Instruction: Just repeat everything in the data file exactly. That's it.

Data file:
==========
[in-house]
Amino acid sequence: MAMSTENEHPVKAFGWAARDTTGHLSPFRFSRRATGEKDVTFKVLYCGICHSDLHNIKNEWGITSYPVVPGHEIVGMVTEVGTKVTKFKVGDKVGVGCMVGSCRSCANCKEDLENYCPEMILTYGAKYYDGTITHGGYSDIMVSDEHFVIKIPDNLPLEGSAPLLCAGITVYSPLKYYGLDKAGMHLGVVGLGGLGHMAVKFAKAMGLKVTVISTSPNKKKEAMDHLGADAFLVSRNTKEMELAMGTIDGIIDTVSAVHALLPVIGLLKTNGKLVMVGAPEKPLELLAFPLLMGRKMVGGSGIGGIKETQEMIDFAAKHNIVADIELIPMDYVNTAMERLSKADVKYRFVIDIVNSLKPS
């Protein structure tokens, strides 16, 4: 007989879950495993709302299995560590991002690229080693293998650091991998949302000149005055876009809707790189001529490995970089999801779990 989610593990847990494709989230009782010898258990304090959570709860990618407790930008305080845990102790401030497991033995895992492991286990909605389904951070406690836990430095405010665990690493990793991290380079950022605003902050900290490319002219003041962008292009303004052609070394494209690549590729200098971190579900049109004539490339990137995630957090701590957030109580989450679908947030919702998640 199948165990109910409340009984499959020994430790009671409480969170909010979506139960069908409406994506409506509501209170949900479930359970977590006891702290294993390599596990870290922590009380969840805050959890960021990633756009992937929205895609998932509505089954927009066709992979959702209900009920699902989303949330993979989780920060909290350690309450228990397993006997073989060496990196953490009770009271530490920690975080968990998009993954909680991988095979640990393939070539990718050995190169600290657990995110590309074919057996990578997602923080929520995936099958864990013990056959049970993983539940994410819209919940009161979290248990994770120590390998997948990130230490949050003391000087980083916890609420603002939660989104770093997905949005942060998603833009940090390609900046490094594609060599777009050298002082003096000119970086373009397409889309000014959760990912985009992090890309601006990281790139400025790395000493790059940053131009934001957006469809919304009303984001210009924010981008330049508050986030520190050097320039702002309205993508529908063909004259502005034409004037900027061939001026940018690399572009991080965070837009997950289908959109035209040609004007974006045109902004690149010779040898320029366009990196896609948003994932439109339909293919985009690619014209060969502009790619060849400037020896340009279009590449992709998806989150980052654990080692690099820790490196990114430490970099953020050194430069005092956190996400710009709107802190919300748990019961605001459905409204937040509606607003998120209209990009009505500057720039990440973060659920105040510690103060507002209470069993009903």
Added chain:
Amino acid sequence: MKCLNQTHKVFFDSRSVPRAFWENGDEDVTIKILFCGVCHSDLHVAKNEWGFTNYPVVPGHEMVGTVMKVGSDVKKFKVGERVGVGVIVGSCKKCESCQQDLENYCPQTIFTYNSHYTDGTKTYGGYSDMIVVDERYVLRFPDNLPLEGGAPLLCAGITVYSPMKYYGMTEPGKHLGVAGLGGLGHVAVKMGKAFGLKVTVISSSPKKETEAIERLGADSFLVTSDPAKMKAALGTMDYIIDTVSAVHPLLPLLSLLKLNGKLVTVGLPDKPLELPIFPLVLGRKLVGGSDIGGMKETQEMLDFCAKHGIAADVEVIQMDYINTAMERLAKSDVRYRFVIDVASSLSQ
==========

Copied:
[in-house]
Amino acid sequence: MAMSTENEHPVKAFGWAARDTTGHLSPFRFSRRATGEKDVTFKVLYCGICHSDLHNIKNEWGITSYPVVPGHEIVGMVTEVGTKVTKFKVGDKVGVGCMVGSCRSCANCKEDLENYCPEMILTYGAKYYDGTITHGGYSDIMVSDEHFVIKIPDNLPLEGSAPLLCAGITVYSPLKYYGLDKAGMHLGVVGLGGLGHMAVKFAKAMGLKVTVISTSPNKKKEAMDHLGADAFLVSRNTKEMELAMGTIDGIIDTVSAVHALLPVIGLLKTNGKLVMVGAPEKPLELLAFPLLMGRKMVGGSGIGGIKETQEMIDFAAKHNIVADIELIPMDYVNTAMERLSKADVKYRFVIDIVNSLKPS
């Protein structure tokens, strides 16, 4: 007989879950495993709302299995560590991002690229080693293998650091991998949302000149005055876009809707790189001529490995970089999801779990 989610593990847990494709989230009782010898258990304090959570709860990618407790930008305080845990102790401030497991033995895992492991286990909605389904951070406690836990430095405010665990690493990793991290380079950022605003902050900290490319002219003041962008292009303004052609070394494209690549590729200098971190579900049109004539490339990137995630957090701590957030109580989450679908947030919702998640 199948165990109910409340009984499959020994430790009671409480969170909010979506139960069908409406994506409506509501209170949900479930359970977590006891702290294993390599596990870290922590009380969840805050959890960021990633756009992937929205895609998932509505089954927009066709992979959702209900009920699902989303949330993979989780920060909290350690309450228990397993006997073989060496990196953490009770009271530490920690975080968990998009993954909680991988095979640990393939070539990718050995190169600290657990995110590309074919057996990578997602923080929520995936099958864990013990056959049970993983539940994410819209919940009161979290248990994770120590390998997948990130230490949050003391000087980083916890609420603002939660989104770093997905949005942060998603833009940090390609900046490094594609060599777009050298002082003096000119970086373009397409889309000014959760990912985009992090890309601006990281790139400025790395000493790059940053131009934001957006469809919304009303984001210009924010981008330049508050986030520190050097320039702002309205993508529908063909004259502005034409004037900027061939001026940018690399572009991080965070837009997950289908959109035209040609004007974006045109902004690149010779040898320029366009990196896609948003994932439109339909293919985009690619014209060969502009790619060849400037020896340009279009590449992709998806989150980052654990080692690099820790490196990114430490970099953020050194430069005092956190996400710009709107802190919300748990019961605001459905409204937040509606607003998120209209990009009505500057720039990440973060659920105040510690103060507002209470069993009903």
Added chain:
Amino acid sequence: MKCLNQTHKVFFDSRSVPRAFWENGDEDVTIKILFCGVCHSDLHVAKNEWGFTNYPVVPGHEMVGTVMKVGSDVKKFKVGERVGVGVIVGSCKKCESCQQDLENYCPQTIFTYNSHYTDGTKTYGGYSDMIVVDERYVLRFPDNLPLEGGAPLLCAGITVYSPMKYYGMTEPGKHLGVAGLGGLGHVAVKMGKAFGLKVTVISSSPKKETEAIERLGADSFLVTSDPAKMKAALGTMDYIIDTVSAVHPLLPLLSLLKLNGKLVTVGLPDKPLELPIFPLVLGRKLVGGSDIGGMKETQEMLDFCAKHGIAADVEVIQMDYINTAMERLAKSDVRYRFVIDVASSLSQ